heard by GIUSEPPE PENNISI
heard by GIUSEPPE PENNISI
On 20 November 2015, La Fenice's 2015-16 opera season in Venice was inaugurated with Mozart's Idomeneo, Re di Creta. According to recent opinion polls, La Fenice is the most efficient Italian opera house. It features twenty titles every year and holds performances some five nights a week. The inauguration of its opera season is almost as important as that of La Scala. I was in the audience. This year, the management opted for a sober inauguration: no tuxedos, no evening dresses, non deluxe dinner in the foyer, but a minute of silence for the victims of the Paris terrorist attack — one of them was a young Venetian researcher — and the Italian and French national anthems before the overture started.
Idomeneo, Re di Creta was intended to graduate the young Mozart as a major European composer. It was commissioned by the Bavarian King's Munich Theatre: however, his 1781 version had only a few performances and nothing is known about the planned 1786 Vienna staging. In the twentieth century, Richard Strauss showed what a complex and marvellous jewel Idomeneo, Re di Creta is. It features some of the most brilliant orchestration in Mozart's operas. For several years, Strauss' re-elaboration was in the repertory of many opera houses. After World War II, the practice was to go back to the original 1781 version; Strauss' re-elaboration had a few performances not too many years ago in Martina Franca (a Summer festival in Southern Italy). The 1786 version is rarely performed, even though it was in New York City Opera's repertory for a few years.
In modern times, Idomeneo, Re di Creta has very often been given a psychological reading: it is shown as a mirror of the affection and tensions between Wolfgang Amadeus and his father Leopold. This main theme is intertwined with a complicated sentimental plot: Idamante is in love with the Trojan slave Princess Ilia, whilst Elettra (who just killed her mother and is wandering through Greece) has a rather carnal crush on him and tries all she can to bring the young Prince under her bed sheets. In addition, during his stormy travel home from Troy, King Idomeneo vowed to kill the first person he would meet on the shore as a sacrifice to Neptune. This person happens to be his own son, Idamante. Thus Idomeneo forgoes his promise and his kingdom is terrorized by monsters. Eventually, there is a harmonious solution for everyone, but Elettra. In short, Idomeneo, Re di Creta anticipates nineteenth century melodrama, especially in the astonishing third act quartet.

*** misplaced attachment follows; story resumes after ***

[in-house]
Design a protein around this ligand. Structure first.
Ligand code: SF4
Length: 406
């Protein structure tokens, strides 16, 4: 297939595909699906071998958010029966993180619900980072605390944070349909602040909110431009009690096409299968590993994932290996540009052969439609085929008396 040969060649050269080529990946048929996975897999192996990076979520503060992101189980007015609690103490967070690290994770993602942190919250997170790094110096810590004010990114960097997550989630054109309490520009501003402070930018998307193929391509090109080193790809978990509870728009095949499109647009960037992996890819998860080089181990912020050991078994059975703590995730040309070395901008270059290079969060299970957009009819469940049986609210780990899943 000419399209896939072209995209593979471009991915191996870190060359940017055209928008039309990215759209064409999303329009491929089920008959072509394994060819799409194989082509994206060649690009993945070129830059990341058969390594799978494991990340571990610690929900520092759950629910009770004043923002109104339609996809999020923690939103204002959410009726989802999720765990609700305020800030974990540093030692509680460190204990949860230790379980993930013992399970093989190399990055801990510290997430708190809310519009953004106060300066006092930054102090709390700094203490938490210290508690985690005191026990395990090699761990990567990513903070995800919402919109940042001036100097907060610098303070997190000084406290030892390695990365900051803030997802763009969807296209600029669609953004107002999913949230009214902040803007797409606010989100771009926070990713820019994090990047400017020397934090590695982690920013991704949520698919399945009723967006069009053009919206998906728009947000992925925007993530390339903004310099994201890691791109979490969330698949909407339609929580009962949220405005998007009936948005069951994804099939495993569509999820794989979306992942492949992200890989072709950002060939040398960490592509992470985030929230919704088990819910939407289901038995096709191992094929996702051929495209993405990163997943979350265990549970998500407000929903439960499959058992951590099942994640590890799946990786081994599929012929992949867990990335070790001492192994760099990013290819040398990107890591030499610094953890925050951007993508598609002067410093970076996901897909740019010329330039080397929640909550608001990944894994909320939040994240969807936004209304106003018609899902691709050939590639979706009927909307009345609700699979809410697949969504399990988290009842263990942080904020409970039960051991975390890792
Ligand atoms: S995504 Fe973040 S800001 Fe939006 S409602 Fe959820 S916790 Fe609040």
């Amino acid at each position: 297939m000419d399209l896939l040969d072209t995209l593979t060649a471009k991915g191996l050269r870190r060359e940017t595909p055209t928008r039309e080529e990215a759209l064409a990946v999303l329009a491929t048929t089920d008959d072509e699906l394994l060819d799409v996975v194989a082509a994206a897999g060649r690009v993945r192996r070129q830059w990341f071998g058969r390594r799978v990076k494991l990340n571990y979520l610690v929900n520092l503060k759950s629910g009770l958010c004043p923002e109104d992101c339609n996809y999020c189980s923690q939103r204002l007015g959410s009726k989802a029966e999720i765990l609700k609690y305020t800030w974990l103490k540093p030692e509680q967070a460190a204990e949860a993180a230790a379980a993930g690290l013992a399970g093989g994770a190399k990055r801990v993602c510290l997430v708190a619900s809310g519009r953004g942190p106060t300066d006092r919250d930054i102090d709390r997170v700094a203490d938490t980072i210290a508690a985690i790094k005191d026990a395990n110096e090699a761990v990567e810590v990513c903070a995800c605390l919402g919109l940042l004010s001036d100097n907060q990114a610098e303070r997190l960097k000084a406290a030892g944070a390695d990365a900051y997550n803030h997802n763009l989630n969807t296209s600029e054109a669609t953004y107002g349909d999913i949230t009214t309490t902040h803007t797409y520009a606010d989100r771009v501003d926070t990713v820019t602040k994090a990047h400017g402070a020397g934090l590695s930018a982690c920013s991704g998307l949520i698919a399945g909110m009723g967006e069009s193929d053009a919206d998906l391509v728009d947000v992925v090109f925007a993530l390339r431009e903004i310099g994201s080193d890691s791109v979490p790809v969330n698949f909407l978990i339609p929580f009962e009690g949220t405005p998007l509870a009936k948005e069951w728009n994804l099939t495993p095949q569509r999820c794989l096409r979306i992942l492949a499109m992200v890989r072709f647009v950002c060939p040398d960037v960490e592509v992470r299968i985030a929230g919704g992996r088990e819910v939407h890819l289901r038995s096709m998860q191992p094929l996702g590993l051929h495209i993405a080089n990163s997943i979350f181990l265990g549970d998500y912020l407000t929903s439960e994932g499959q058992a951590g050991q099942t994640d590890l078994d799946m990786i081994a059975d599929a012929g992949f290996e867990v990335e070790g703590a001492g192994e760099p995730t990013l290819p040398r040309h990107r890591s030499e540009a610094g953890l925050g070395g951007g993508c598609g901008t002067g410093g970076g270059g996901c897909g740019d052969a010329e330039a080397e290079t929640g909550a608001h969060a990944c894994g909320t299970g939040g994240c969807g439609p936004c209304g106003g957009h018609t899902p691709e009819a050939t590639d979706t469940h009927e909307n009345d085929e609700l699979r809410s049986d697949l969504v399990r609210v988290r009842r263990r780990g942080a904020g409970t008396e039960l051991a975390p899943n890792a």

The musical aspects of the performance were excellent. In the pit, British conductor Jeffrey Tate showed the marvels of Mozart's orchestration. Tate and the orchestra provided a terse, dramatic interpretation of this brilliant score: from the first note, we sensed that Idomeneo, Re di Creta is a new kind of opera seria in which not all the eighteenth century rules (eg da capo) are followed, because it is in the hands of a genius (Mozart). The strings, clarinets and other woodwind were just magnificent, and their deployment during the critical passages of recitative was remarkable. Instrumental inventiveness is matched by harmonic daring. Rightly, Tate didn't separate or 'close' the different 'numbers' with a cadence. Several 'numbers' flow into the next recitative, as if to avoid leaving time for the applause.
Brenden Gunnell was a solid Idomeneo, a bari-tenor with a very vast register. Monica Bacelli as Idamante was outstanding, especially remarkable in rising from pianissimo and mezza voce to the heights of acute. On the soprano side, Ekaterina Sadovnikova was an Ilia to be remembered for her timbre, colours and ability to ascend gently to a high register. Michaela Kaune was a hysterical and violent Elettra.
On other occasions I have praised the stage direction of South African Alessandro Talevi (Champagne not Orange Juice, 8 June 2014 and A Philological Tosca, 8 March 2015) and prefer to forget this pretentious reading of Idonomeneo, Re di Creta as a clash of civilizations in some improbable part of the world.